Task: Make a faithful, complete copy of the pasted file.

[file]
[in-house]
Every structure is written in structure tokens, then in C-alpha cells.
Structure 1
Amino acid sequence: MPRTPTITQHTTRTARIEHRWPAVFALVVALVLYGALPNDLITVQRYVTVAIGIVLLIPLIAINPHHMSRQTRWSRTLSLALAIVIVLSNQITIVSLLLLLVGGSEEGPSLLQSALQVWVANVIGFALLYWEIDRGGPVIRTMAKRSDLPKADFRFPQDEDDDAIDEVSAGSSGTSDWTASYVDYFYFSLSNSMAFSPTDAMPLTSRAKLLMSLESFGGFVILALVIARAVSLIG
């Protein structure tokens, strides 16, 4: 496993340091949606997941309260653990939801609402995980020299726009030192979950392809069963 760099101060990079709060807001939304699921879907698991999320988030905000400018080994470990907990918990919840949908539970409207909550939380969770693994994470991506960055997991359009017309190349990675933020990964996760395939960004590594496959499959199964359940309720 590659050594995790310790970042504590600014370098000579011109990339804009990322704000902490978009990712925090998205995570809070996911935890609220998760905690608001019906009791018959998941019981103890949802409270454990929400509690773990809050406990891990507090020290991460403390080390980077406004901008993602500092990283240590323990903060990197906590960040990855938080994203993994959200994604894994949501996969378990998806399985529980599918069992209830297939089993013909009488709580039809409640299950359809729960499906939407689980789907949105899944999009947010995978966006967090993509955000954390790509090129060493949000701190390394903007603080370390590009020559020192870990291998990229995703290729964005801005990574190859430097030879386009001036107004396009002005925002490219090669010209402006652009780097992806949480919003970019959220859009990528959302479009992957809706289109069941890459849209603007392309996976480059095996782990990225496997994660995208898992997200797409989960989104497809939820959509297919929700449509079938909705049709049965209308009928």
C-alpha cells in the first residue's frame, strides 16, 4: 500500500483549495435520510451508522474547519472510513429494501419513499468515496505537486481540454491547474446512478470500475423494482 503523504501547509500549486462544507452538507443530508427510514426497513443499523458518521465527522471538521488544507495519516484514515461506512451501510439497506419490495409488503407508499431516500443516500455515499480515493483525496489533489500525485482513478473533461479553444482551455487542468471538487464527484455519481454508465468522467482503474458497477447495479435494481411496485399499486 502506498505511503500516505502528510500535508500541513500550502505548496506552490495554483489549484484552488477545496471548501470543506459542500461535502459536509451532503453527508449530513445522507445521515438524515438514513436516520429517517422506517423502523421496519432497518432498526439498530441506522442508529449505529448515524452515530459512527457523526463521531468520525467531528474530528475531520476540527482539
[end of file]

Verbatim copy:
[in-house]
Every structure is written in structure tokens, then in C-alpha cells.
Structure 1
Amino acid sequence: MPRTPTITQHTTRTARIEHRWPAVFALVVALVLYGALPNDLITVQRYVTVAIGIVLLIPLIAINPHHMSRQTRWSRTLSLALAIVIVLSNQITIVSLLLLLVGGSEEGPSLLQSALQVWVANVIGFALLYWEIDRGGPVIRTMAKRSDLPKADFRFPQDEDDDAIDEVSAGSSGTSDWTASYVDYFYFSLSNSMAFSPTDAMPLTSRAKLLMSLESFGGFVILALVIARAVSLIG
């Protein structure tokens, strides 16, 4: 496993340091949606997941309260653990939801609402995980020299726009030192979950392809069963 760099101060990079709060807001939304699921879907698991999320988030905000400018080994470990907990918990919840949908539970409207909550939380969770693994994470991506960055997991359009017309190349990675933020990964996760395939960004590594496959499959199964359940309720 590659050594995790310790970042504590600014370098000579011109990339804009990322704000902490978009990712925090998205995570809070996911935890609220998760905690608001019906009791018959998941019981103890949802409270454990929400509690773990809050406990891990507090020290991460403390080390980077406004901008993602500092990283240590323990903060990197906590960040990855938080994203993994959200994604894994949501996969378990998806399985529980599918069992209830297939089993013909009488709580039809409640299950359809729960499906939407689980789907949105899944999009947010995978966006967090993509955000954390790509090129060493949000701190390394903007603080370390590009020559020192870990291998990229995703290729964005801005990574190859430097030879386009001036107004396009002005925002490219090669010209402006652009780097992806949480919003970019959220859009990528959302479009992957809706289109069941890459849209603007392309996976480059095996782990990225496997994660995208898992997200797409989960989104497809939820959509297919929700449509079938909705049709049965209308009928």
C-alpha cells in the first residue's frame, strides 16, 4: 500500500483549495435520510451508522474547519472510513429494501419513499468515496505537486481540454491547474446512478470500475423494482 503523504501547509500549486462544507452538507443530508427510514426497513443499523458518521465527522471538521488544507495519516484514515461506512451501510439497506419490495409488503407508499431516500443516500455515499480515493483525496489533489500525485482513478473533461479553444482551455487542468471538487464527484455519481454508465468522467482503474458497477447495479435494481411496485399499486 502506498505511503500516505502528510500535508500541513500550502505548496506552490495554483489549484484552488477545496471548501470543506459542500461535502459536509451532503453527508449530513445522507445521515438524515438514513436516520429517517422506517423502523421496519432497518432498526439498530441506522442508529449505529448515524452515530459512527457523526463521531468520525467531528474530528475531520476540527482539